Verses 17-21 explain further…

“For a covenant is made sure at the time of death since it is not in force while the covenant-maker is still alive, therefore, not even the first was consecrated without blood. For when all the commandments of the Law were spoken by Moses to all the people, taking the blood of calves and of goats, with water and red wool and hyssop it was sprinkled on the book itself and on all the people, saying ‘This is the blood of the covenant which God has commanded of you.’ (sound familiar?) and he also sprinkled the tent and even all the objects of worship with the same blood.”

Get the idea?

Blood is everywhere — this, by the way, is an allusion to God’s command in Exodus 24:6-8.

Sometimes I get asked, why all the bloody descriptions in the Bible? Kind of gross to imagine blood being sprinkled on everything — everywhere…including on the people. The answer is two-fold…to show God’s disgust with our sin and that to remind us that a covenant must be fulfilled by the shedding of the blood of a substitute — animals in the Temple, but ultimately Christ.

Verse 22:

“And almost everything is ceremonially cleansed in blood according to the Law, for without the shedding of blood there is no forgiveness…”

Sobering language is it not? But, that is the nature of a covenant. It is binding until death and thus blood becomes the symbol of this reality.

Verse 23: Therefore, it was a necessary condition on the one hand the the outlines (blueprints…patterns) of heavenly things are ceremonially cleansed, but the heavenly things themselves need a more prominent sacrifice than these. (to fulfill the eternal covenant one must bring in eternal blood, not that of sheep or goats).”

Verse 24:

“For it was not into holy places crafted by hand that Christ entered (he didn’t enter the earthy Holy of Holies, but the heavenly one — this earth is a shadowland…) — copies of true things — but into the heavens themselves, now making visible for us the face of God.”

In the Old Testament, there is a repeated warning that to look on the face of God will bring about your death — God is holy and we are not — but now, Jesus has entered into the holy place with his own blood to make atonement for our sins and that brings with it the right to look on the beauty and the glory of God himself. That is a promise to us as believers. If you are beaten down and discouraged this morning, know that this life is a shadow and it is passing. Beyond is a world of the glory and splendor of God, so be encouraged, these things will pass away along with the sufferings and pains that go with it.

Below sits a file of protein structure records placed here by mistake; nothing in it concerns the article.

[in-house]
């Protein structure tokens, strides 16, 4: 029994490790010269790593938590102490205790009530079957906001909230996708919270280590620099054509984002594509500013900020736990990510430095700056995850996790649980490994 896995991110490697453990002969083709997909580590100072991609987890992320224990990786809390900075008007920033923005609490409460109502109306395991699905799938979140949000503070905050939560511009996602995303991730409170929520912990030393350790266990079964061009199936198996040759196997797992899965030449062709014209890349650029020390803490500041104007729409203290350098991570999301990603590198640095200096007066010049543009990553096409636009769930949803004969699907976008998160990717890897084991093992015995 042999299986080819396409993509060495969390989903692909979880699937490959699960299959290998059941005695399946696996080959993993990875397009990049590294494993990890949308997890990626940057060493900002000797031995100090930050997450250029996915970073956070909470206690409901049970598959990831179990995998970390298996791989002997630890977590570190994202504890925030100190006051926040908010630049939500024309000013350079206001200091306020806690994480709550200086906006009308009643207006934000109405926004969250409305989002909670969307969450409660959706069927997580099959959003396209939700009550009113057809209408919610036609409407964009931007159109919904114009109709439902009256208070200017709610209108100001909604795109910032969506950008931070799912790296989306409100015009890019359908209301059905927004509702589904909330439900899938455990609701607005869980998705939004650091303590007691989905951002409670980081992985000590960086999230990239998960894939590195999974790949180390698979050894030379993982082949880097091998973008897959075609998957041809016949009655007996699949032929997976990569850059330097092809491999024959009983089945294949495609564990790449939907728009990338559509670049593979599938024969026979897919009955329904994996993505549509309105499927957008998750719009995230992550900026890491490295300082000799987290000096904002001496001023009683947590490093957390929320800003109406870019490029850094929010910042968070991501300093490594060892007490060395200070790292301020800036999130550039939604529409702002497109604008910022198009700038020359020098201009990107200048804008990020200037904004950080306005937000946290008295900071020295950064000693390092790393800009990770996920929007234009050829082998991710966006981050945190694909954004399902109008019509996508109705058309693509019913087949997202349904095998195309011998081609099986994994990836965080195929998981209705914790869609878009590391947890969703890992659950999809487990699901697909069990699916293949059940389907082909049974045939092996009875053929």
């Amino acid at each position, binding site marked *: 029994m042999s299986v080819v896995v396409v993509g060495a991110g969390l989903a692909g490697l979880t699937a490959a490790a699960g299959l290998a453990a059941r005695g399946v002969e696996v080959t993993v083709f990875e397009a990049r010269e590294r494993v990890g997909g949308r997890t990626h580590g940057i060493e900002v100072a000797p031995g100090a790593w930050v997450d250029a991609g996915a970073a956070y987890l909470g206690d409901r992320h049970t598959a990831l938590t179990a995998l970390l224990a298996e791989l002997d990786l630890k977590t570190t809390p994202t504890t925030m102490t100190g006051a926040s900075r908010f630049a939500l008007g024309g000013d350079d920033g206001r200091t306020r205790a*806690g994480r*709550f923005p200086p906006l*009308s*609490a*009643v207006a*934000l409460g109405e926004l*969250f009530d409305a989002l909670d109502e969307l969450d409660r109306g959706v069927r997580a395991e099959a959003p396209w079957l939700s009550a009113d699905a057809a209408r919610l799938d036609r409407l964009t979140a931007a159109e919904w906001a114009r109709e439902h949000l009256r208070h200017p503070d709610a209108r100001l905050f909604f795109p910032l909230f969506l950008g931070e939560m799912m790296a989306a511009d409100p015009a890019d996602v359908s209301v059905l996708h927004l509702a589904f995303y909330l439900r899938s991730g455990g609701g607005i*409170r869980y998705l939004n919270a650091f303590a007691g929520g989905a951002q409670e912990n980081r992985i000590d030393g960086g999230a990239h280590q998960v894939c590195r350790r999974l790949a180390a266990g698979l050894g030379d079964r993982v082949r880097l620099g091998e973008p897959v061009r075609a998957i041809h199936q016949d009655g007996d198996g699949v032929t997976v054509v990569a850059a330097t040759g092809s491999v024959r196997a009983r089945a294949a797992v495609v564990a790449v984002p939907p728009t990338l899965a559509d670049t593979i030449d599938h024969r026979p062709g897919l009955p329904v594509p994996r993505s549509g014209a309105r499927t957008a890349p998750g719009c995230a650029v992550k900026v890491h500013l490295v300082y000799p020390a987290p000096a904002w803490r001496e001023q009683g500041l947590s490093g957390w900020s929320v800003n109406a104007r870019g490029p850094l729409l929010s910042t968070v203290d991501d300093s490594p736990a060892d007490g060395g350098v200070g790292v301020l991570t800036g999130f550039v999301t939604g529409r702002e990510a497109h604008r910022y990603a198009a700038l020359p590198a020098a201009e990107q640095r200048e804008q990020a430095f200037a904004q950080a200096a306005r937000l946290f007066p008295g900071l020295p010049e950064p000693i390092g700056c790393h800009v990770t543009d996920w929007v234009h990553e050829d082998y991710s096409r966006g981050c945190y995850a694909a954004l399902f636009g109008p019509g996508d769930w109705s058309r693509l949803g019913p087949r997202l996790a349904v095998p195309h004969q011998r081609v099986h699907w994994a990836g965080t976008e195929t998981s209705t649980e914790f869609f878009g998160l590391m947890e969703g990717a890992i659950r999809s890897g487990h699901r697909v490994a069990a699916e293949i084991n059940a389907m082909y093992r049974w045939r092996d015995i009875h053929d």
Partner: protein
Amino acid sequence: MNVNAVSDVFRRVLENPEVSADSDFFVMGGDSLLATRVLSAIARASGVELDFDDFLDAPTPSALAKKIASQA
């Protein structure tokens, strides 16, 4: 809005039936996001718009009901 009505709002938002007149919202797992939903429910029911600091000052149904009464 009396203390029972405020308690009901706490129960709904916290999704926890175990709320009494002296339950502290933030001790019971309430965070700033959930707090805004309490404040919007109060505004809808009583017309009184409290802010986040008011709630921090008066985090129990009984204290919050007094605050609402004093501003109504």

Verse 25:

“And it was not in order to offer himself repeatedly, just as the high priest entered into the holy Place every year with the blood that belonged to another (the animal substitute)…were that the case, it would have been necessary for him to suffer repeatedly from the foundation of the world. But now, he has appeared once at the consummation of the ages.”

(We like to think of the 2nd coming as the consummation of the age…but that is not what the author is saying. Remember how the writer began this book in chapter 1, verse 2? “In these last days…” he is saying that the end times — the eschaton — begins with the cross and the resurrection — and thus, the consummation of the ages took place at the cross. Remember, all things — even history itself, is ultimately about Christ and Him crucified.

So, why did Jesus come at the consummation? The end of verse 26…

“for the removal of sin through his sacrifice.”

Vs. 27-28

“And just as it is appointed to me to die once and with that the judgment, in the same way, Christ also is offered up once to deliver many (notice, not all) from sin. He will appear a second time nut not because of sin, but for those who eagerly await him unto salvation.” The penalty has been paid once, the second time he comes is to fully gather his kingdom to himself.

And so, until that day, we work and we wait and the question that I will leave you with this morning is what will you be found doing when he comes? Will you want him finding you doing that? If not, repent.